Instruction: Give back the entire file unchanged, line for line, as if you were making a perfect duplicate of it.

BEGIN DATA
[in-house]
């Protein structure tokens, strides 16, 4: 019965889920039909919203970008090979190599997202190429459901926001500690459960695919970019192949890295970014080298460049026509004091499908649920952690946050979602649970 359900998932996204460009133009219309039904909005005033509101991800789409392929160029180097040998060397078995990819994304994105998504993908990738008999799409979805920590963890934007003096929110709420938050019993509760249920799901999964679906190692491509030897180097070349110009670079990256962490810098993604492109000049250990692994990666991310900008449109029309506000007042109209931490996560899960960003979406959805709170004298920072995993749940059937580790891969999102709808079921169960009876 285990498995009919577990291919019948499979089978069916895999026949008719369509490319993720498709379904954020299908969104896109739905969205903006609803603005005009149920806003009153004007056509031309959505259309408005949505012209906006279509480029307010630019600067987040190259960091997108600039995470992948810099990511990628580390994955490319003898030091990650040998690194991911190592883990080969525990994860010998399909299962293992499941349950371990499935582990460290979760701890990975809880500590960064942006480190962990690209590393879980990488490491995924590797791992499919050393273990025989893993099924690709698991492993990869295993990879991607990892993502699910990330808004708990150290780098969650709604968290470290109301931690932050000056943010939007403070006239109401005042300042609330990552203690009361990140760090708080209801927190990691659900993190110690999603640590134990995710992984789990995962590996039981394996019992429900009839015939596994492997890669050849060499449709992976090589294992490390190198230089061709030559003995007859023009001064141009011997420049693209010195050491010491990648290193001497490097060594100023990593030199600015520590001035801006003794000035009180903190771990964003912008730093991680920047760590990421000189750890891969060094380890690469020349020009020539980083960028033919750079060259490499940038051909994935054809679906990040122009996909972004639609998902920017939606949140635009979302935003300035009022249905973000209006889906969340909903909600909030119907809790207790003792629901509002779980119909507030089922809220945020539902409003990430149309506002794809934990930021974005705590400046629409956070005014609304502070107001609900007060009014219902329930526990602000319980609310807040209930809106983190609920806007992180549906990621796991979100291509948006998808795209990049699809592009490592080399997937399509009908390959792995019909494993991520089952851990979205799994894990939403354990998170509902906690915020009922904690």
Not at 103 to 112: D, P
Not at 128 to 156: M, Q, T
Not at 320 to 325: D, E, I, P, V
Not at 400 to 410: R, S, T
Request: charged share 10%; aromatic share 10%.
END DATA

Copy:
[in-house]
């Protein structure tokens, strides 16, 4: 019965889920039909919203970008090979190599997202190429459901926001500690459960695919970019192949890295970014080298460049026509004091499908649920952690946050979602649970 359900998932996204460009133009219309039904909005005033509101991800789409392929160029180097040998060397078995990819994304994105998504993908990738008999799409979805920590963890934007003096929110709420938050019993509760249920799901999964679906190692491509030897180097070349110009670079990256962490810098993604492109000049250990692994990666991310900008449109029309506000007042109209931490996560899960960003979406959805709170004298920072995993749940059937580790891969999102709808079921169960009876 285990498995009919577990291919019948499979089978069916895999026949008719369509490319993720498709379904954020299908969104896109739905969205903006609803603005005009149920806003009153004007056509031309959505259309408005949505012209906006279509480029307010630019600067987040190259960091997108600039995470992948810099990511990628580390994955490319003898030091990650040998690194991911190592883990080969525990994860010998399909299962293992499941349950371990499935582990460290979760701890990975809880500590960064942006480190962990690209590393879980990488490491995924590797791992499919050393273990025989893993099924690709698991492993990869295993990879991607990892993502699910990330808004708990150290780098969650709604968290470290109301931690932050000056943010939007403070006239109401005042300042609330990552203690009361990140760090708080209801927190990691659900993190110690999603640590134990995710992984789990995962590996039981394996019992429900009839015939596994492997890669050849060499449709992976090589294992490390190198230089061709030559003995007859023009001064141009011997420049693209010195050491010491990648290193001497490097060594100023990593030199600015520590001035801006003794000035009180903190771990964003912008730093991680920047760590990421000189750890891969060094380890690469020349020009020539980083960028033919750079060259490499940038051909994935054809679906990040122009996909972004639609998902920017939606949140635009979302935003300035009022249905973000209006889906969340909903909600909030119907809790207790003792629901509002779980119909507030089922809220945020539902409003990430149309506002794809934990930021974005705590400046629409956070005014609304502070107001609900007060009014219902329930526990602000319980609310807040209930809106983190609920806007992180549906990621796991979100291509948006998808795209990049699809592009490592080399997937399509009908390959792995019909494993991520089952851990979205799994894990939403354990998170509902906690915020009922904690």
Not at 103 to 112: D, P
Not at 128 to 156: M, Q, T
Not at 320 to 325: D, E, I, P, V
Not at 400 to 410: R, S, T
Request: charged share 10%; aromatic share 10%.